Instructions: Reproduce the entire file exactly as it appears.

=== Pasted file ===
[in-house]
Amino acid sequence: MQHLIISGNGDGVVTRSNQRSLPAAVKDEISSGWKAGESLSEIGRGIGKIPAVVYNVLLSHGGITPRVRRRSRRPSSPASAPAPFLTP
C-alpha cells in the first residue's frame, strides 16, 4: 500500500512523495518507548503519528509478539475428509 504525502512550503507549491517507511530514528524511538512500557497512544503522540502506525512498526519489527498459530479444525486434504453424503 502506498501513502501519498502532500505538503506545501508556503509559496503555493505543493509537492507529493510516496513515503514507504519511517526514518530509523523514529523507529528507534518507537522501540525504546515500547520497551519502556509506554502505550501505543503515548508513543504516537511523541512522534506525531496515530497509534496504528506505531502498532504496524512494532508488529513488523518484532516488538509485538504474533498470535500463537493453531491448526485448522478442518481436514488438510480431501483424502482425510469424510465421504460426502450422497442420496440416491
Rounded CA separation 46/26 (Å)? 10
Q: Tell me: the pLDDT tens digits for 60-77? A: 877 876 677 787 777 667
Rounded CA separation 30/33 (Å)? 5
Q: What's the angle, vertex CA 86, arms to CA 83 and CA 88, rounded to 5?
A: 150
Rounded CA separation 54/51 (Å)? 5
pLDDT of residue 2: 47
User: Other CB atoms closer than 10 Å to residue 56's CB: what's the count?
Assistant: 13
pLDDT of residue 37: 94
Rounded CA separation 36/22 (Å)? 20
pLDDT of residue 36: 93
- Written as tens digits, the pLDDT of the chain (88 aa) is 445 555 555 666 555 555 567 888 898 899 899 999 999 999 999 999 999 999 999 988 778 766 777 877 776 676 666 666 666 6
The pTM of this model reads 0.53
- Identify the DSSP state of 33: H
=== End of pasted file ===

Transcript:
[in-house]
Amino acid sequence: MQHLIISGNGDGVVTRSNQRSLPAAVKDEISSGWKAGESLSEIGRGIGKIPAVVYNVLLSHGGITPRVRRRSRRPSSPASAPAPFLTP
C-alpha cells in the first residue's frame, strides 16, 4: 500500500512523495518507548503519528509478539475428509 504525502512550503507549491517507511530514528524511538512500557497512544503522540502506525512498526519489527498459530479444525486434504453424503 502506498501513502501519498502532500505538503506545501508556503509559496503555493505543493509537492507529493510516496513515503514507504519511517526514518530509523523514529523507529528507534518507537522501540525504546515500547520497551519502556509506554502505550501505543503515548508513543504516537511523541512522534506525531496515530497509534496504528506505531502498532504496524512494532508488529513488523518484532516488538509485538504474533498470535500463537493453531491448526485448522478442518481436514488438510480431501483424502482425510469424510465421504460426502450422497442420496440416491
Rounded CA separation 46/26 (Å)? 10
Q: Tell me: the pLDDT tens digits for 60-77? A: 877 876 677 787 777 667
Rounded CA separation 30/33 (Å)? 5
Q: What's the angle, vertex CA 86, arms to CA 83 and CA 88, rounded to 5?
A: 150
Rounded CA separation 54/51 (Å)? 5
pLDDT of residue 2: 47
User: Other CB atoms closer than 10 Å to residue 56's CB: what's the count?
Assistant: 13
pLDDT of residue 37: 94
Rounded CA separation 36/22 (Å)? 20
pLDDT of residue 36: 93
- Written as tens digits, the pLDDT of the chain (88 aa) is 445 555 555 666 555 555 567 888 898 899 899 999 999 999 999 999 999 999 999 988 778 766 777 877 776 676 666 666 666 6
The pTM of this model reads 0.53
- Identify the DSSP state of 33: H